KQED Radio Staff
Los Angeles Bureau Chief, The California Report
Steven joined KQED News in 2012 as its Los Angeles bureau chief. Based in the LA area, Steven covers a vast region from downtown LA to the suburbs of the Inland Empire and beyond. Steven's tenure with KQED actually began 17 years ago as in intern with The California Report. As an independent producer he went on to report stories for The California Report for several years from across Northern and Central California.
Steven then headed to Austin, Texas where he helped establish the first public radio newsroom at KUT in Austin in 2002. He returned to California in 2005 establishing the first Inland Southern California news bureau for NPR affiliate KPCC. Some of his most recent reporting for KPCC included a multi-part series on the labor and economic ramifications of the region's booming warehouse industry and ongoing coverage of San Bernardino's municipal bankruptcy.
In 2009 Steven uncovered evidence of inmate mistreatment at the California Institution for Men in Chino. Steven's reporting triggered an investigation of the Chino state prison by the California Office of the Inspector General.
In 2008 Steven won an RTNDA Edward R. Murrow Award for investigative reporting and was named radio journalist of the year by the LA Press Club. He's won numerous other journalism awards from the Radio & Television News Association, the Associated Press and Society for Professional Journalists.
A native San Franciscan, Steven's radio career began as a teenager in the mid-1980s at college music station KUSF in San Francisco.
Stories (209 archives)
U.S Senators Barbara Boxer and Dianne Feinstein described the response to the oil spill just north of Santa Barbara as "insufficient." They also want to know whether federal regulators could have required the Plains All-American Pipeline to install an automatic shut-off valve. The pipeline and others like it in California are monitored by a complex and sometimes confusing patchwork of agencies and inspectors.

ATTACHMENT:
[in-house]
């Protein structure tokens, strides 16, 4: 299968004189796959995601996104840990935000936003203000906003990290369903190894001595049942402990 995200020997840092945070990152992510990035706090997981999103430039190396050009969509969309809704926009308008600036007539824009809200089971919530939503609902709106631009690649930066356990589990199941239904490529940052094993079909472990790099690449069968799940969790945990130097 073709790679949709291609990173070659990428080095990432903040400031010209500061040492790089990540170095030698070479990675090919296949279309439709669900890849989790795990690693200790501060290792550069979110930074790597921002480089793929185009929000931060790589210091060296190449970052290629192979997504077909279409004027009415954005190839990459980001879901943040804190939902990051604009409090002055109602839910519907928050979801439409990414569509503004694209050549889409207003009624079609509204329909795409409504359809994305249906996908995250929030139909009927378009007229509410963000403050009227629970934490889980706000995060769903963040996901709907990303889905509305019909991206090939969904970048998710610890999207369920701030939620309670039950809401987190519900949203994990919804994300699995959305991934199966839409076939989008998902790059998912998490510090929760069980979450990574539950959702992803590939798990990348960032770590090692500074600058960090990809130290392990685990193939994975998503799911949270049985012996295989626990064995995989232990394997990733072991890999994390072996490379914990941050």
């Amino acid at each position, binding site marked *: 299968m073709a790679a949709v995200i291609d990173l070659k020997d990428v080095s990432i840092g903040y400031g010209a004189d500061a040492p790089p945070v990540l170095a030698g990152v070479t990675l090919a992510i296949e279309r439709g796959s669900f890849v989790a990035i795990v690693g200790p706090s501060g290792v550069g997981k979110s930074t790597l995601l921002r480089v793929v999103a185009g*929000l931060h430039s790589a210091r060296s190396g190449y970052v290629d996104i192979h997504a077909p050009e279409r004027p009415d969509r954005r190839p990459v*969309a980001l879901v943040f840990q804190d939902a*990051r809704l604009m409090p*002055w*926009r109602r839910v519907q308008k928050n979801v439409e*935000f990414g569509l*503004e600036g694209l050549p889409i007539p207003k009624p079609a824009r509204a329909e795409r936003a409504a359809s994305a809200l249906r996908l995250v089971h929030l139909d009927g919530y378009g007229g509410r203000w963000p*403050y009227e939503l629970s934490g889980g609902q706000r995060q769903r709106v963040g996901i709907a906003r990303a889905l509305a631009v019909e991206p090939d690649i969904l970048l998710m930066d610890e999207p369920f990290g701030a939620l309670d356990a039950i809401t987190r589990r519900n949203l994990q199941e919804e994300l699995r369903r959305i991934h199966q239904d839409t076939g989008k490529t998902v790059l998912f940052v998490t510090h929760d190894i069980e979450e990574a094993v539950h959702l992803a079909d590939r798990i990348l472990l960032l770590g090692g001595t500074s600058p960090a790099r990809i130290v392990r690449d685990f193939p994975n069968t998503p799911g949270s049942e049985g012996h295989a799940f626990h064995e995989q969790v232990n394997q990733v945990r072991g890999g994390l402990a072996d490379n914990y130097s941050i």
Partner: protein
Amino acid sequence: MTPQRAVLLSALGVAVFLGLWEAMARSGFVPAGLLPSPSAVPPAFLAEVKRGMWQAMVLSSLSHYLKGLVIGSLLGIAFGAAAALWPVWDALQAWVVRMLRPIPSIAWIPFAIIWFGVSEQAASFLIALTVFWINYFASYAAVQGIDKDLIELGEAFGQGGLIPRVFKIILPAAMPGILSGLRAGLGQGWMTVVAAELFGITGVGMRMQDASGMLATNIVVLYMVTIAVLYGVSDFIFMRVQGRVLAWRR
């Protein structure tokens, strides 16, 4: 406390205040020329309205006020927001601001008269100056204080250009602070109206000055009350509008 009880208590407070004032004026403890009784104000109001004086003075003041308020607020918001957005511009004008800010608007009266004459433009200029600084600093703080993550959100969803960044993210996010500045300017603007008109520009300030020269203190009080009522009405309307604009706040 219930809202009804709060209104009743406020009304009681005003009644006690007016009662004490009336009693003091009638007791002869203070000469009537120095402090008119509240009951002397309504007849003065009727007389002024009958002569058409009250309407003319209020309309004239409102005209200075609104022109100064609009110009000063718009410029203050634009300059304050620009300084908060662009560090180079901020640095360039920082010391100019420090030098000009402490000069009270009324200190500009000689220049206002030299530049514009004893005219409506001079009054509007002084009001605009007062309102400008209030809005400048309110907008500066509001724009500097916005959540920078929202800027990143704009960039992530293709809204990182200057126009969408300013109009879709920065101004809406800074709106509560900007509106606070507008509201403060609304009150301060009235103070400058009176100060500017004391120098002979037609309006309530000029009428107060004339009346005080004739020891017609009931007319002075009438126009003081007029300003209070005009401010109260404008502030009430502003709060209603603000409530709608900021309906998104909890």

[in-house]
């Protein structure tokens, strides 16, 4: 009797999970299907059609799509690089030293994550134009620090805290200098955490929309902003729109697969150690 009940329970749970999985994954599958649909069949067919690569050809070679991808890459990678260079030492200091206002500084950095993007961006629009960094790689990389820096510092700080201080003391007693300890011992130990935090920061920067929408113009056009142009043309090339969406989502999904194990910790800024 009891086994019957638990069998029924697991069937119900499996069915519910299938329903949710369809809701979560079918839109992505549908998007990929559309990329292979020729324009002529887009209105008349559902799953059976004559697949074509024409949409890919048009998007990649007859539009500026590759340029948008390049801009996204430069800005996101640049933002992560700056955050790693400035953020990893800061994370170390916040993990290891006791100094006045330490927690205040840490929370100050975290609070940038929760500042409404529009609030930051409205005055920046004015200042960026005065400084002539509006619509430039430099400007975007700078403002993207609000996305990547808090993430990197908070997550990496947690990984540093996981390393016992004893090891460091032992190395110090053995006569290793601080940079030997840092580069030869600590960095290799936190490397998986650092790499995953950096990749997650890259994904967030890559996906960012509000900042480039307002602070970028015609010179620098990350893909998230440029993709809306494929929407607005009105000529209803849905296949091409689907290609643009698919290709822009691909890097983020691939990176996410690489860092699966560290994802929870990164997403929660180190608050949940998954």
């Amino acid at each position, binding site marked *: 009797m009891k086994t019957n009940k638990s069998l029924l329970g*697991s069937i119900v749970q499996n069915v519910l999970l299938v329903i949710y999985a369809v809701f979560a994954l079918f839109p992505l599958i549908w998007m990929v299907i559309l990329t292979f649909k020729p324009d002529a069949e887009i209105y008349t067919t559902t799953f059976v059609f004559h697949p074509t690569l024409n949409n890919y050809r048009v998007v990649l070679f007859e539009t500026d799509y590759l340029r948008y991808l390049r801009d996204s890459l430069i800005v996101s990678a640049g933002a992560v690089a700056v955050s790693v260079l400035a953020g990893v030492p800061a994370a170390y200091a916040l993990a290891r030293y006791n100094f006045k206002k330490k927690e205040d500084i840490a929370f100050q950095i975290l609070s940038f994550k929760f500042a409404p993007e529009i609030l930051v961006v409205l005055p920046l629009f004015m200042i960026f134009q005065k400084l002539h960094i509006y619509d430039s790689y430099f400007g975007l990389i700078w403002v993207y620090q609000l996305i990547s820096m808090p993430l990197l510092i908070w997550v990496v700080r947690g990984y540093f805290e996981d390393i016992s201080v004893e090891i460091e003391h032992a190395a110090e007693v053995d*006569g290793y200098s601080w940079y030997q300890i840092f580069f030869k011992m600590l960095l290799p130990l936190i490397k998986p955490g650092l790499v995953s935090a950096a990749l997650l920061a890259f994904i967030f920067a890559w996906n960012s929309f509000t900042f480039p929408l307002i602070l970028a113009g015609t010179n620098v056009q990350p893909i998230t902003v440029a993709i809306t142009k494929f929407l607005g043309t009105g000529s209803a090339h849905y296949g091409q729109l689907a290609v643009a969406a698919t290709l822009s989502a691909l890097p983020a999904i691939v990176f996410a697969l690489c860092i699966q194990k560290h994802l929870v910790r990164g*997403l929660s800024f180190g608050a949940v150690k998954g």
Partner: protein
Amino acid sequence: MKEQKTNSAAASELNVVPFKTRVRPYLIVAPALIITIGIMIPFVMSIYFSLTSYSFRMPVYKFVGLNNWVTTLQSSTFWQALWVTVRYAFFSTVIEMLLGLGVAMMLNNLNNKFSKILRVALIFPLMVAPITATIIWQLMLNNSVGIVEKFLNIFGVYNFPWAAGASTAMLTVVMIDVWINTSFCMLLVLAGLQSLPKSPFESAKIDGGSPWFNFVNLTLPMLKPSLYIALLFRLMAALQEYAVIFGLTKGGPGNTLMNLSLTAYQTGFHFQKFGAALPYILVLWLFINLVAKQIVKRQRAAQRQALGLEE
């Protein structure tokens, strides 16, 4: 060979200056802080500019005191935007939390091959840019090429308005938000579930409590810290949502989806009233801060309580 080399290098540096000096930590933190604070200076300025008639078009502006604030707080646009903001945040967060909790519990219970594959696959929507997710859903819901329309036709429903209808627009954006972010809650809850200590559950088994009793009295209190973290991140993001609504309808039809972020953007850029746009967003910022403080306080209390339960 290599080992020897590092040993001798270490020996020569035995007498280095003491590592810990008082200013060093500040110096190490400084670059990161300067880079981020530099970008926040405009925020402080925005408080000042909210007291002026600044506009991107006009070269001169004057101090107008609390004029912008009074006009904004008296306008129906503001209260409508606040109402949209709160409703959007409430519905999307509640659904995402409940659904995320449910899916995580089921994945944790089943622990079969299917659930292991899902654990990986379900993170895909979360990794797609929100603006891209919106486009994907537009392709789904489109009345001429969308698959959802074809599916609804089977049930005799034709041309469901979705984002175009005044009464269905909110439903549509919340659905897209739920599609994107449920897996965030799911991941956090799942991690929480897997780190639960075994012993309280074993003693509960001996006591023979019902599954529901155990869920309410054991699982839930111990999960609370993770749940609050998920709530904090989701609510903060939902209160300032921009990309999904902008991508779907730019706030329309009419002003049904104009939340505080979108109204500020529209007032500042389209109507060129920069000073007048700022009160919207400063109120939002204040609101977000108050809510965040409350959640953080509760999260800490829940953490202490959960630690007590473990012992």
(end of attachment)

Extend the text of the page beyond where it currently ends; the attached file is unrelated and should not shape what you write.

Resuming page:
Monday is Memorial Day, and this year it marks the 50th anniversary of the U.S. military's first major strike against North Vietnam. It was 1965, and by the time war ended, almost 60,000 American troops were dead, many more wounded. A lot of the troops in that war were Latino. But to this day, no one knows exactly how many. We meet a historian in Southern California who's working to change that.
In a 14-1 vote, Los Angeles became the nation's largest city to raise the minimum wage. It'll go from $9 an hour to $15 over the next five years. By one account, the move will give about half of L.A.'s workforce a raise.
Los Angeles County is scrapping a decade-long partnership with federal immigration authorities that aimed to track down and deport undocumented immigrants who've committed serious crimes. The 287g program placed federal agents inside L.A. County's main jail in order to help identify and deport undocumented immigrants. It was meant to target only the most serious crimes, but critics complain the program unfairly ensnared people convicted of relatively minor offenses.
With California now in its fourth consecutive year of extreme drought, tens of thousands of acres of valuable Central Valley farmland are being fallowed. And growers are watching their state water allocations run dry. But water continues to flow freely in rural parts of Southern California, though maybe not for much longer.